9:47 PM

Bluebonnet Express

Or Simple Rules to Follow When Doing an Organized Ride.
Or Don't Be Rude.

1.  Wait your turn.  When starting the ride, wait for your route to be called.  When the organizer calls for those who are biking the 70 mile route, don't start if you are only doing 40.  This is for your own good.  Although, you may think that it is a) unfair for those doing the longer ride to get an early start; b) unneccessary for you to have to wait; or, c) doesn't matter because you are important and need to be done riding early, don't do it! Out of respect for all that is holy, wait your freakin' turn.  This really does help the organizers and volunteers direct traffic along the route.  When the shorter routes have a turn only 3 miles into the course while the longer routes go straight, the volunteers don't expect the need to direct your 40 mile self to the turn when you weren't even supposed to have started yet

2.  Be alert.  So, you didn't follow number 1 and are now starting out with the 70 milers.  In this case, don't rely on the volunteers to direct you -- you aren't supposed to be at this turn for another 10-15 minutes.  Also, when you've missed the turn, pay attention to the riders around you.  Don't turn left directly into someone. Pay attention when people are trying to call out to you.

3.  Don't Be a Jack@ass.  Whenever you do turn into someone and cause a crash, you need to see if that person is okay.  Under no circumstancs is it acceptable to pick yourself up, quickly apologize and then head out to your short 40 mile route while the person you hit after breaking the above rules is still on the ground.  Don't be that guy...  No one likes that guy... you might think that its okay because no one knows that it was you -- you made a "clean" getaway but, your day will come.  Karma is a beatch...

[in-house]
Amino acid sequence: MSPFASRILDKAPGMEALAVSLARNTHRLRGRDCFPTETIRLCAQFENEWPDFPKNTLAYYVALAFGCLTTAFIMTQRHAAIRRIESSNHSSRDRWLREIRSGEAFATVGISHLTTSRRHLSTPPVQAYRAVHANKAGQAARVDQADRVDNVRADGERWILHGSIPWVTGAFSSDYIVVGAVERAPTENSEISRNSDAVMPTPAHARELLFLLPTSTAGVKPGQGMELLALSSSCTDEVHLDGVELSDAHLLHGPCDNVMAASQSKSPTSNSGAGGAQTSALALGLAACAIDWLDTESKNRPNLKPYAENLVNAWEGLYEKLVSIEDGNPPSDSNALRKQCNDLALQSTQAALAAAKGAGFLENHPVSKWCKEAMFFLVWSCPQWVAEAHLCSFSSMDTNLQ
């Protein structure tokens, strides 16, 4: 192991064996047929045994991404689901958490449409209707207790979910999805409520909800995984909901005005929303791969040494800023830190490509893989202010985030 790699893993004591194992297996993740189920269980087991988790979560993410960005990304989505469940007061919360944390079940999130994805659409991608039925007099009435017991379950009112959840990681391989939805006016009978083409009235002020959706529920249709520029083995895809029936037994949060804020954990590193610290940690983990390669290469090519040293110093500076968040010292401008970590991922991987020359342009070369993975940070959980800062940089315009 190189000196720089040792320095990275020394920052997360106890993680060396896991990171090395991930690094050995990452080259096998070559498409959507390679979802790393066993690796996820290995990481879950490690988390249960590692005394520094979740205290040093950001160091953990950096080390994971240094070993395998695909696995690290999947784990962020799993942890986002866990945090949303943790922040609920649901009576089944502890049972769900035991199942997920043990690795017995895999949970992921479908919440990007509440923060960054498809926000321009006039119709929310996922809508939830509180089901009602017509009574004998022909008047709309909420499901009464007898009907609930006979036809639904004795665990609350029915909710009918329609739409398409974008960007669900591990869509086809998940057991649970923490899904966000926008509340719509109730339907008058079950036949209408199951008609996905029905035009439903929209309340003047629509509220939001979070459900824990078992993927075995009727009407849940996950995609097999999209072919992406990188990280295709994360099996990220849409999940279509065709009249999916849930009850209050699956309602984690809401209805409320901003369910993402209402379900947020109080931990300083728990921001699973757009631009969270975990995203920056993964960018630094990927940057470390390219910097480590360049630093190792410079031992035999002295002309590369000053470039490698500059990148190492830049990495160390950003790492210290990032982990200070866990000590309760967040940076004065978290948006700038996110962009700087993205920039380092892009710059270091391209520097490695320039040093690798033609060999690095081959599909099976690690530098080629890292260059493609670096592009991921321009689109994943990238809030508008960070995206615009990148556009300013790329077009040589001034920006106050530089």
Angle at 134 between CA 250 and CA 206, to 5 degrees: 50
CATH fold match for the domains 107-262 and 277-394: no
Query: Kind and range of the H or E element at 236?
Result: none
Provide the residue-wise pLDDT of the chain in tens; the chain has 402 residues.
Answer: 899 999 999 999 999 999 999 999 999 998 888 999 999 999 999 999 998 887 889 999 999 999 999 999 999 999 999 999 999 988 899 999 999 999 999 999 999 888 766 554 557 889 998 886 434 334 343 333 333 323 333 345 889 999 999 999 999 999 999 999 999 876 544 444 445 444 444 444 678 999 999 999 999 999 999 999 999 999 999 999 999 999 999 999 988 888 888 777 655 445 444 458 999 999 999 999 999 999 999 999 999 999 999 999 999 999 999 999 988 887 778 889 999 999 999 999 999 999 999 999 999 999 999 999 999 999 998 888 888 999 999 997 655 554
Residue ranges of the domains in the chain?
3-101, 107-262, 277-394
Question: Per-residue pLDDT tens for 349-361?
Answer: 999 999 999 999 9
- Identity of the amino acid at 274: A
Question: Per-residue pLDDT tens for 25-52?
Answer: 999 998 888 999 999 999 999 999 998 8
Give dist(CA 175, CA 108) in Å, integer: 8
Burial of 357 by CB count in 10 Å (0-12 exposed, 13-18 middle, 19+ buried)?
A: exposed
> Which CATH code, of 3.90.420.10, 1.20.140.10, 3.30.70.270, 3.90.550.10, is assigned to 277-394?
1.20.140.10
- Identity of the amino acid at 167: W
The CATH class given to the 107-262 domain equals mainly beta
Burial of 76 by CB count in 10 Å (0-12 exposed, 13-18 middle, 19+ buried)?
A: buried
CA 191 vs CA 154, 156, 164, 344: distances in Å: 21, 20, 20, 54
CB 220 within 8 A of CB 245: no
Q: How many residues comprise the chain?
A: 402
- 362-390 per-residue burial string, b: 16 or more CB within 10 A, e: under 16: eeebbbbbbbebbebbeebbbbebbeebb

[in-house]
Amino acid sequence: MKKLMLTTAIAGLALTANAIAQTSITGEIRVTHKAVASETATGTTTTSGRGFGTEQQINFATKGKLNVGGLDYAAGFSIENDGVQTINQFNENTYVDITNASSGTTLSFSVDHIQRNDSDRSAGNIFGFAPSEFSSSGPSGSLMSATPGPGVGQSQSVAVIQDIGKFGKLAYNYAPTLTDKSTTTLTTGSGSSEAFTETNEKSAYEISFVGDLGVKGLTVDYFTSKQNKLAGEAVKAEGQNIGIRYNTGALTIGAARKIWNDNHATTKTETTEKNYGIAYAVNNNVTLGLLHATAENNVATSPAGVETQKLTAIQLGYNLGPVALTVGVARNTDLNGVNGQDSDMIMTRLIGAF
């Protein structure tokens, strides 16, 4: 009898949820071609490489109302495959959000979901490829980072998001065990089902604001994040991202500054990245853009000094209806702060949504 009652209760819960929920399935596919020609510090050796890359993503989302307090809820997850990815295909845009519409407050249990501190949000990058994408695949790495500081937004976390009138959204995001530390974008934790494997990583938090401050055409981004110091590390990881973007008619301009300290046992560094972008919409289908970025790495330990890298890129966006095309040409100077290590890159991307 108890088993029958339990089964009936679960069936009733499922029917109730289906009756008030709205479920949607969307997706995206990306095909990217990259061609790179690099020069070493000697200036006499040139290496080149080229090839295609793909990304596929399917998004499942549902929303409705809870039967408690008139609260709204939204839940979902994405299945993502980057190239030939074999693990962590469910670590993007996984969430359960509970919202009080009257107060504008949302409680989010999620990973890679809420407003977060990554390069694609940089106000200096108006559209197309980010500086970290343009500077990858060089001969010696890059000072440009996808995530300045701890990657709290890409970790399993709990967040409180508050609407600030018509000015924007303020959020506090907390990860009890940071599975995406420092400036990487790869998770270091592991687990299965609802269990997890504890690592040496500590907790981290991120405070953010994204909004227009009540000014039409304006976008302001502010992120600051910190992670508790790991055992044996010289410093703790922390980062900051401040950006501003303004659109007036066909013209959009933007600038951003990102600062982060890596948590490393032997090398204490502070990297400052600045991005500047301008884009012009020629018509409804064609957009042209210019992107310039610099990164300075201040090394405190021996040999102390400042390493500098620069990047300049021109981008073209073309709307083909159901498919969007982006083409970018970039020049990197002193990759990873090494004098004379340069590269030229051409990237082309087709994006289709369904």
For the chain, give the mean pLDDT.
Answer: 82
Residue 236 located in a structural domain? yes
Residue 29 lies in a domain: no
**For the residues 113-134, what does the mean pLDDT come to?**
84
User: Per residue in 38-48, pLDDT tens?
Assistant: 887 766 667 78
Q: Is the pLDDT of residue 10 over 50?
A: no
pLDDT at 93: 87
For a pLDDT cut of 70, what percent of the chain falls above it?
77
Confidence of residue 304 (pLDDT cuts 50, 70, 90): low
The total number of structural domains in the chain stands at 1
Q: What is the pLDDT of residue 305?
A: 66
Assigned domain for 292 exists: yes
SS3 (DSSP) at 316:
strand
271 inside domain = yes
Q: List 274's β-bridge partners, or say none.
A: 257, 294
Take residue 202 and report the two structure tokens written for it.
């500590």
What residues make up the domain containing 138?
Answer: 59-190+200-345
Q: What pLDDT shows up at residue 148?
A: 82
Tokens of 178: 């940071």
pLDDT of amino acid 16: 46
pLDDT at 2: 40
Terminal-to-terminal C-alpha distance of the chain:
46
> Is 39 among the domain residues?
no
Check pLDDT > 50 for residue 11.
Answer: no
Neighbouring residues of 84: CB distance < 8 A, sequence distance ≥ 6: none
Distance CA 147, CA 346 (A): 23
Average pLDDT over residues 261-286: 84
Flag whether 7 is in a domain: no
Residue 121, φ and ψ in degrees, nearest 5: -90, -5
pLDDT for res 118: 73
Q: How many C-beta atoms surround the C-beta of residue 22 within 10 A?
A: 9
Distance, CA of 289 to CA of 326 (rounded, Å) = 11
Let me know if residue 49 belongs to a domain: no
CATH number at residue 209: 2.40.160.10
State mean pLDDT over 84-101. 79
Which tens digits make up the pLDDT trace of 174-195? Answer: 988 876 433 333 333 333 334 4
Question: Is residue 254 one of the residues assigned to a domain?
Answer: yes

As much as I may be complaining, and yes, I am... I'm still pissed.  Not that it screwed up my ride, but because now I'm paying for it -- literally.  I JUST bought a new helmet 3 weeks ago.  My gorgeous new pink helmet is done.  That said, it did its job and it has the cracks and crumples to prove it (and I have the no loss of consciousness to go with it).  Also, I paid 35 bucks to ride 3 miles... kinda ridiculous.  Finally, I know there will be some cost for a bike repair.  I managed to take a pretty nice chunk out of my aerobars and am hoping that Andrew at Tri on the Run can just tape over it (or something)... That said, if you add in my bottle of water, a ride in the sag hummer, a nice chat with the fabulous ride marshalls from the Clay Walker Cycling Team, a Waller police officer, and the Waller EMS - it was 35 dollars well spent considering the circumstances. As an aside, the EMS paramedics noted that I was in excellant shape and were quite impressed with my low 50s heart rate.  Also, I got to spend some time in the massage tent.  When getting back to the ride start, I had some time to kill.  (I'd carpooled and was waiting for the crew to get back; then decided to take James on his offer to come get me).

To end on a positive note, this ride has excellent support and is a first rate event by Northwest Cyclery.  This is the same group that does Katy Flatlands in June.  Although, I did enjoy Katy Flatlands more, it had nothing to do with the ride organization -- in June, only the "real" riders are out there -- all of the MS150-only riders are gone.  Also, the ride marshalls were beyond caring.  The group of marshalls that helped me were from Band Against MS, a group that likes to eat, drink, and ride.  I cannot thank these people enough for taking care of me. 

In sum, I'm fine.  I wasn't hurt; just a bit shaken up and had (and still have) a bit of a headache.  And, even though I didn't finish the ride, Kathleen still gave me a brownie.. :-)

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